You definitely never have to feel guilty about how much ‘Sesame Street‘ your kids are watching
Sesame Street has been a beloved children’s program for four decades — and for so many valid reasons. New research confirms it’s good for your kids in ways that will benefit them long after they outgrow the show (then again, does anyone actually outgrow this show?).
According to a recent study published in the American Economic Journal: Applied Economics, the beloved children’s program helps improve school performance for children who are exposed to it before the age of seven. It even has more long-term benefits for its young viewers, both educationally and later on in the workforce.
Yep, that’s right — Big Bird, Bert, Ernie, Elmo, Abby Cadabby, Count, Cookie Monster, Grover, and even Oscar the Grouch are teaching our kids lessons that last beyond childhood. The researchers behind the study, Melissa S. Kearney and Phillip B. Levine studied data from the U.S. census from 1980, 1990, and 2000 to compare the educational and employment outcomes kids who had access to watch the series to those who did not.
“Sesame Street‘s introduction generated a positive impact on educational outcomes through the early school years,” the study states. Specifically, kids who watched the program regularly were “14 percent more likely to be attending the grade that is appropriate for their age in middle and high school years.”
There’s also significant data that shows the positive effects for both boys and girls — and, interestingly, the show seems to benefit boys who watch it a bit more. “The data also indicate positive effects for all three race/ethnic groups considered, with larger point estimates for blacks and Hispanics than for white non-Hispanics.”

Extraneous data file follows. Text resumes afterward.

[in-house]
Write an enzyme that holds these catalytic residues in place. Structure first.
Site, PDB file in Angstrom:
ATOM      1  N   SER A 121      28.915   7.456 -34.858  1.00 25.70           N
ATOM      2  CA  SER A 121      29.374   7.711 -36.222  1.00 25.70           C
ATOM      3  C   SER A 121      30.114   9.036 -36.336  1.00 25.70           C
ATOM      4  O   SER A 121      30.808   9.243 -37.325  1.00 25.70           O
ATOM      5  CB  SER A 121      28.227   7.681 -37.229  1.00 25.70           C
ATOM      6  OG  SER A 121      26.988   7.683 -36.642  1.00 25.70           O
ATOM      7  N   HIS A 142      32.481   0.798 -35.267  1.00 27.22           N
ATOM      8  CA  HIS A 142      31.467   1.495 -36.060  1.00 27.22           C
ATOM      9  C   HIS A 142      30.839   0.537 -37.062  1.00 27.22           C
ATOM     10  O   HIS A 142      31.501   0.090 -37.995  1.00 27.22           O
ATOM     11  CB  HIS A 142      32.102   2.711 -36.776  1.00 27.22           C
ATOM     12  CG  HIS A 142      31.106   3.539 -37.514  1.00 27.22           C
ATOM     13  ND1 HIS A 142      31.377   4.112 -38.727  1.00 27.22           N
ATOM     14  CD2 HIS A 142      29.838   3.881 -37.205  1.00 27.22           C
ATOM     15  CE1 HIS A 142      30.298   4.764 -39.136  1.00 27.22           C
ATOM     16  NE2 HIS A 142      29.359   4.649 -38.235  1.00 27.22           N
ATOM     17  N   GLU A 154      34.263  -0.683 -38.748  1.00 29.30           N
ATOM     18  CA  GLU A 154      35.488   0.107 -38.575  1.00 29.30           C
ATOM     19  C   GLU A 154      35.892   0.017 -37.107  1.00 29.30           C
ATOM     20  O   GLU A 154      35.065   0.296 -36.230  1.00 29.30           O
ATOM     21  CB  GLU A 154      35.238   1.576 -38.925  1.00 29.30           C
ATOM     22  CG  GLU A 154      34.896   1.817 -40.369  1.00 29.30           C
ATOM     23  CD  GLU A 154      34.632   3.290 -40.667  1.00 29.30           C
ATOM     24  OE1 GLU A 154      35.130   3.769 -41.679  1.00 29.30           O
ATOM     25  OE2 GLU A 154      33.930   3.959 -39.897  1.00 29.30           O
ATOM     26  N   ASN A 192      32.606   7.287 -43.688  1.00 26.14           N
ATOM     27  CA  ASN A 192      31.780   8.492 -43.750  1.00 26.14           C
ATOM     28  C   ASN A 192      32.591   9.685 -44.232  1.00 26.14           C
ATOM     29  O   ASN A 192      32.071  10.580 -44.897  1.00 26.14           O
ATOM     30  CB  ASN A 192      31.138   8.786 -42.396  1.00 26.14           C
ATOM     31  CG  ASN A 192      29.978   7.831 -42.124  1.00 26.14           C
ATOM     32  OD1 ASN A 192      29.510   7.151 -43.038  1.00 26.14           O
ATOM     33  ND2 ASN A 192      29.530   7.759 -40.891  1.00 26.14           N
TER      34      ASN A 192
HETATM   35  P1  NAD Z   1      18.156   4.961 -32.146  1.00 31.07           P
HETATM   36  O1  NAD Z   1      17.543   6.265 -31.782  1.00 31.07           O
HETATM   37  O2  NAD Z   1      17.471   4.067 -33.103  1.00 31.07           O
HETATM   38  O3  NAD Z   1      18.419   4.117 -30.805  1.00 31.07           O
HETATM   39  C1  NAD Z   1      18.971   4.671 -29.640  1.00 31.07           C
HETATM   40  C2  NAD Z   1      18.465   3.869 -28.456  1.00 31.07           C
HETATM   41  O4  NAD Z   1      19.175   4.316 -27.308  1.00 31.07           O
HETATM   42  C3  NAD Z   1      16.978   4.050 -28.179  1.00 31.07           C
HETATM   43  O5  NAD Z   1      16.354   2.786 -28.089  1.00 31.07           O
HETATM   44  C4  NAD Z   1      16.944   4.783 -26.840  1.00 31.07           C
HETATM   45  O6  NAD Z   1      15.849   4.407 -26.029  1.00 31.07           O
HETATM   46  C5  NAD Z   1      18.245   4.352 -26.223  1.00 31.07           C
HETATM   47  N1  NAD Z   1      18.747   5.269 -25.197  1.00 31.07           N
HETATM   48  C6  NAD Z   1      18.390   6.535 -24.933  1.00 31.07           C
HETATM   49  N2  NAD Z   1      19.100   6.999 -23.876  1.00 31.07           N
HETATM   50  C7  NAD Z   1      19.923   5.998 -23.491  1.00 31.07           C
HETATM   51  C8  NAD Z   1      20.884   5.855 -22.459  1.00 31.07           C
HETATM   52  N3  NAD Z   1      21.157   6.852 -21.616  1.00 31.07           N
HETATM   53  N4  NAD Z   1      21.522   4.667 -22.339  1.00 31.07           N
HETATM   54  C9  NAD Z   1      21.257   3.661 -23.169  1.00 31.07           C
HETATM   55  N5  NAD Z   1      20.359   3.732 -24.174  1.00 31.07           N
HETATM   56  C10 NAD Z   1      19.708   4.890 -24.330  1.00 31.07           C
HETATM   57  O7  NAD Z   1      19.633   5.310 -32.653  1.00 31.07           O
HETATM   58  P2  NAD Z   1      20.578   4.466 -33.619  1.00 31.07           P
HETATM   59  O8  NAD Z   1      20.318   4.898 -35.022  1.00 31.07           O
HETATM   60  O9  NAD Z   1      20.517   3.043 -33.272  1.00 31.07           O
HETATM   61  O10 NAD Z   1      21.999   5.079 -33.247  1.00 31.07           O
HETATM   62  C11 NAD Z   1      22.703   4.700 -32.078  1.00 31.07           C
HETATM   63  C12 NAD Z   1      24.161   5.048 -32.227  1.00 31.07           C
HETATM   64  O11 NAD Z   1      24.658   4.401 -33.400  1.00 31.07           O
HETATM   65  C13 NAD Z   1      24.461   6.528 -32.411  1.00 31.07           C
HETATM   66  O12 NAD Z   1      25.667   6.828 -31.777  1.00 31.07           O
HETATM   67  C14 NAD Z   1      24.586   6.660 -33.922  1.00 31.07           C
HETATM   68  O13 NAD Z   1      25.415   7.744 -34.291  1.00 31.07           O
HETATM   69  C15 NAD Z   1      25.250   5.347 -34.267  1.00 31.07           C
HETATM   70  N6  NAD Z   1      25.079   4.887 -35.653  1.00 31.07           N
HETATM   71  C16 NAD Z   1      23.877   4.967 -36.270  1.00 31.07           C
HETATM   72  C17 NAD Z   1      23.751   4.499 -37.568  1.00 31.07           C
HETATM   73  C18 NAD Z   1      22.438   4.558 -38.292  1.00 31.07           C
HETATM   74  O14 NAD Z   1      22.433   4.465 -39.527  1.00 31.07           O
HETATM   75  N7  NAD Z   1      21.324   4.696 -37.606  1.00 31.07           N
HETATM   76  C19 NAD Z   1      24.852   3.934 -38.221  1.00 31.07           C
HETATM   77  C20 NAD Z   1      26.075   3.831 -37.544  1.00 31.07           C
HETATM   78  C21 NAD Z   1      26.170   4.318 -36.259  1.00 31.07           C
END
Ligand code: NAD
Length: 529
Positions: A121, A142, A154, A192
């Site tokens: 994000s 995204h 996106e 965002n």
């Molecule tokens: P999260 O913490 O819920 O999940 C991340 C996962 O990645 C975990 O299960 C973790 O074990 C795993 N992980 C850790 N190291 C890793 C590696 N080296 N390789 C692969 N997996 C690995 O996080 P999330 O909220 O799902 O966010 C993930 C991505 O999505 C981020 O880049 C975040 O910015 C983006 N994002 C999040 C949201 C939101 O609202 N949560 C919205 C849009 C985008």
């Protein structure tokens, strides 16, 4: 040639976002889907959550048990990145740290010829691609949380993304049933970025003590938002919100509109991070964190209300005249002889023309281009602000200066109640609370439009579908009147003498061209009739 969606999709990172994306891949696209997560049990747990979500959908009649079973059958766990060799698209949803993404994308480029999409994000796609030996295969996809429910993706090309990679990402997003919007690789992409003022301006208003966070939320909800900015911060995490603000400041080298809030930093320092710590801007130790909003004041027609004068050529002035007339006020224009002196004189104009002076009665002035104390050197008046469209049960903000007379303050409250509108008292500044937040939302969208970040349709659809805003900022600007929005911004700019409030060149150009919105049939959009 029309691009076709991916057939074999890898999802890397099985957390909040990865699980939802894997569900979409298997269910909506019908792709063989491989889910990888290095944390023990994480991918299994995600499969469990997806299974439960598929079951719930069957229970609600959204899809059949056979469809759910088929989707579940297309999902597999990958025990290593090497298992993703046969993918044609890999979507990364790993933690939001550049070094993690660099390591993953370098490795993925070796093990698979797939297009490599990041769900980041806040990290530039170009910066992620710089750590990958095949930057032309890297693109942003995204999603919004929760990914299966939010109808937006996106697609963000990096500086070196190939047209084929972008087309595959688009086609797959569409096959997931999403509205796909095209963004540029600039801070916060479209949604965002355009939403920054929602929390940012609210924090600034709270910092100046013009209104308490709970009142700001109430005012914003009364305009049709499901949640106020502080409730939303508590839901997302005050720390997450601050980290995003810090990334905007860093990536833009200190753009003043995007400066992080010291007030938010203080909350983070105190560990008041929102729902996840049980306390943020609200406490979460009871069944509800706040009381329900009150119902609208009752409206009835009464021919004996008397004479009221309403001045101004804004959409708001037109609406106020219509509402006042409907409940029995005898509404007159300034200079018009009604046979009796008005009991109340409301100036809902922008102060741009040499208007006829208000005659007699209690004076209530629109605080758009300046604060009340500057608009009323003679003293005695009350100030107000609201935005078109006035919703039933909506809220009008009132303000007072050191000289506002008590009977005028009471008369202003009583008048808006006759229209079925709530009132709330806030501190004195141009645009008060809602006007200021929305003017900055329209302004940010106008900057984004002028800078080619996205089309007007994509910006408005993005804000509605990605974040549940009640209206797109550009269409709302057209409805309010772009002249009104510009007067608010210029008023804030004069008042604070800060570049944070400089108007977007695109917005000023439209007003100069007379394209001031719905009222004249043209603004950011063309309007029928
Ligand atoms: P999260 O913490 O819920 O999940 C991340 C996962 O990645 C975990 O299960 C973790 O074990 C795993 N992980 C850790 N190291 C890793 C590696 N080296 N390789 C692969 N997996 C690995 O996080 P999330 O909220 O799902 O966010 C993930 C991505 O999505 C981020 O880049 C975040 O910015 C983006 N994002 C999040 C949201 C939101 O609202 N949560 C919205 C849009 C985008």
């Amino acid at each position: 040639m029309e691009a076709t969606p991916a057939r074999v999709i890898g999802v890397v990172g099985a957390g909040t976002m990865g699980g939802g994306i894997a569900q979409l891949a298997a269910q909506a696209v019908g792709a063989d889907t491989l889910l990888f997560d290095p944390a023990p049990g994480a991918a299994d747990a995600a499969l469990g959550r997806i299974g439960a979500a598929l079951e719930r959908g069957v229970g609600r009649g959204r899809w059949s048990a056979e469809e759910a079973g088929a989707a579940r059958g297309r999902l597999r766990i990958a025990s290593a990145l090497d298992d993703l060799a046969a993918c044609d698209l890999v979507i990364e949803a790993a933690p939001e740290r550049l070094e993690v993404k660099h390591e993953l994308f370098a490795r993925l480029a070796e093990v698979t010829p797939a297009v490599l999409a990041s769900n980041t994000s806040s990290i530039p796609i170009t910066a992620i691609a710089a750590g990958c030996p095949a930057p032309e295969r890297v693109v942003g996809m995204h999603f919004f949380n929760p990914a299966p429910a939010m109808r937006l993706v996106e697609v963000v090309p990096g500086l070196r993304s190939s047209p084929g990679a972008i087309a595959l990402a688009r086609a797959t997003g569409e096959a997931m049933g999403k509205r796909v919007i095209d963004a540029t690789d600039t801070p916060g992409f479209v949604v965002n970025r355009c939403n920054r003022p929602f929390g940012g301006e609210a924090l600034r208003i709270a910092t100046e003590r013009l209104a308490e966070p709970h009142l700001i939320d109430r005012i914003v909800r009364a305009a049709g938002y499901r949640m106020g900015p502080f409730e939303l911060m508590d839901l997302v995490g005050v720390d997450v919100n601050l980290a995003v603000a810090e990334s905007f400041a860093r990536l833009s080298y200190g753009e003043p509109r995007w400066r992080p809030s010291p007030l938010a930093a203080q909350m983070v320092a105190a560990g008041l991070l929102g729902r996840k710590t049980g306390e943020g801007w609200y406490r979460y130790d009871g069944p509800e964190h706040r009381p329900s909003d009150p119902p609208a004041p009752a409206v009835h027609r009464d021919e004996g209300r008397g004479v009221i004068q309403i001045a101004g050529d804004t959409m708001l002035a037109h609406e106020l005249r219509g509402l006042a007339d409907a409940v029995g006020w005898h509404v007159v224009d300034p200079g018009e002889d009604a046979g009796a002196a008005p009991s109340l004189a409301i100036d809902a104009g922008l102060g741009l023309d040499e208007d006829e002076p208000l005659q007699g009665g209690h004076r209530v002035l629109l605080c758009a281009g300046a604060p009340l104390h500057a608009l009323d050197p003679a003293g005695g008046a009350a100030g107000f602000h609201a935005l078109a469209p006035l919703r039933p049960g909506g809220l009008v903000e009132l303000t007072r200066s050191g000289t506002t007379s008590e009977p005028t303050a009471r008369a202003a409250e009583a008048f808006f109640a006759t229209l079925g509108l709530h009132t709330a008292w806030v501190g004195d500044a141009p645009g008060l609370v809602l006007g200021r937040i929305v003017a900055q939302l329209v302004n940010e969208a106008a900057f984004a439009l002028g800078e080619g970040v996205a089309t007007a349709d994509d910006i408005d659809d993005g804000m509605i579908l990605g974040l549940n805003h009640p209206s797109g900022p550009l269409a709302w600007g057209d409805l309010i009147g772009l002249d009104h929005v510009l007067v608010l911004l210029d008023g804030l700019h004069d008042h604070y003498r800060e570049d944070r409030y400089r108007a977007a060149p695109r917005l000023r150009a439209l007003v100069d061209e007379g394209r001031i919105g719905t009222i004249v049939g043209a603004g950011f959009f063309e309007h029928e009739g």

When it comes to the long-term outcomes of the study, the data shows that kids and young students who are exposed to the show are “more likely to be employed and have somewhat higher wages as adults.” Academically speaking, those who watch the show also show improvements in test scores and “grade-for-age status.”
These findings are pretty significant — and it’s amazing there’s so many years of data to comb through to find these conclusions. Sesame Street premiered in November 1969, and it aired on public television’s PBS throughout its debut before moving to HBO in January 2016. The goal of the show has always been the same: to help kids of all ages, backgrounds, and cultures learn.
Anyone who’s grown up with the show or even watched one single episode knows there’s just something about Sesame Street that sets it apart from other children’s television shows. The calm tones and the pleasant pace of the show are one thing, but the show also teaches mathematics and literacy in ways that aren’t intimidating to kids.
The characters are lovable, the plotlines are relatable, and the exposure to various foods, cultures, music, and people make it quite unlike anything else that’s ever been on television for children. And it seems like the knowledge young viewers gain from watching it truly pays off in the long run.
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